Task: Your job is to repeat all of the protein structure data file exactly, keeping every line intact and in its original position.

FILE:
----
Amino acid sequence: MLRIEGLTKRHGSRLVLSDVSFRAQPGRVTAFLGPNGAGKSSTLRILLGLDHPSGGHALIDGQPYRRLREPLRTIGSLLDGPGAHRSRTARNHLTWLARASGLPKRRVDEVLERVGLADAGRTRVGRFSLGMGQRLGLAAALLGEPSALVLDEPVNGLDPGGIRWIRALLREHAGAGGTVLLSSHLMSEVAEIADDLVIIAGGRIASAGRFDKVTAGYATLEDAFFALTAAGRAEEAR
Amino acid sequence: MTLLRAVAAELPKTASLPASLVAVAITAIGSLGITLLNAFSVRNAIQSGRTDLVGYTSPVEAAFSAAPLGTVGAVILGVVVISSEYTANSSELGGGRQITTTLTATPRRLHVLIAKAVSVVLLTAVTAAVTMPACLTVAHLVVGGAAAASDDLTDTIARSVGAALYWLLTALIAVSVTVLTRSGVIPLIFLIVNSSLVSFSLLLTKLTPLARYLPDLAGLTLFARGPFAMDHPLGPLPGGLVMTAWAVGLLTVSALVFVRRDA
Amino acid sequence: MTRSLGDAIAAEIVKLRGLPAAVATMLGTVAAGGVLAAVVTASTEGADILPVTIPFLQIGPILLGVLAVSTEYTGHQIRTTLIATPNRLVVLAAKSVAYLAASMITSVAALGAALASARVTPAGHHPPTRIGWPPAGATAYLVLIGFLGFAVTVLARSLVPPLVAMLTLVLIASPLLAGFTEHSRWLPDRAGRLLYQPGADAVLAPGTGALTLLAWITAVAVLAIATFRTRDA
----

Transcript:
Amino acid sequence: MLRIEGLTKRHGSRLVLSDVSFRAQPGRVTAFLGPNGAGKSSTLRILLGLDHPSGGHALIDGQPYRRLREPLRTIGSLLDGPGAHRSRTARNHLTWLARASGLPKRRVDEVLERVGLADAGRTRVGRFSLGMGQRLGLAAALLGEPSALVLDEPVNGLDPGGIRWIRALLREHAGAGGTVLLSSHLMSEVAEIADDLVIIAGGRIASAGRFDKVTAGYATLEDAFFALTAAGRAEEAR
Amino acid sequence: MTLLRAVAAELPKTASLPASLVAVAITAIGSLGITLLNAFSVRNAIQSGRTDLVGYTSPVEAAFSAAPLGTVGAVILGVVVISSEYTANSSELGGGRQITTTLTATPRRLHVLIAKAVSVVLLTAVTAAVTMPACLTVAHLVVGGAAAASDDLTDTIARSVGAALYWLLTALIAVSVTVLTRSGVIPLIFLIVNSSLVSFSLLLTKLTPLARYLPDLAGLTLFARGPFAMDHPLGPLPGGLVMTAWAVGLLTVSALVFVRRDA
Amino acid sequence: MTRSLGDAIAAEIVKLRGLPAAVATMLGTVAAGGVLAAVVTASTEGADILPVTIPFLQIGPILLGVLAVSTEYTGHQIRTTLIATPNRLVVLAAKSVAYLAASMITSVAALGAALASARVTPAGHHPPTRIGWPPAGATAYLVLIGFLGFAVTVLARSLVPPLVAMLTLVLIASPLLAGFTEHSRWLPDRAGRLLYQPGADAVLAPGTGALTLLAWITAVAVLAIATFRTRDA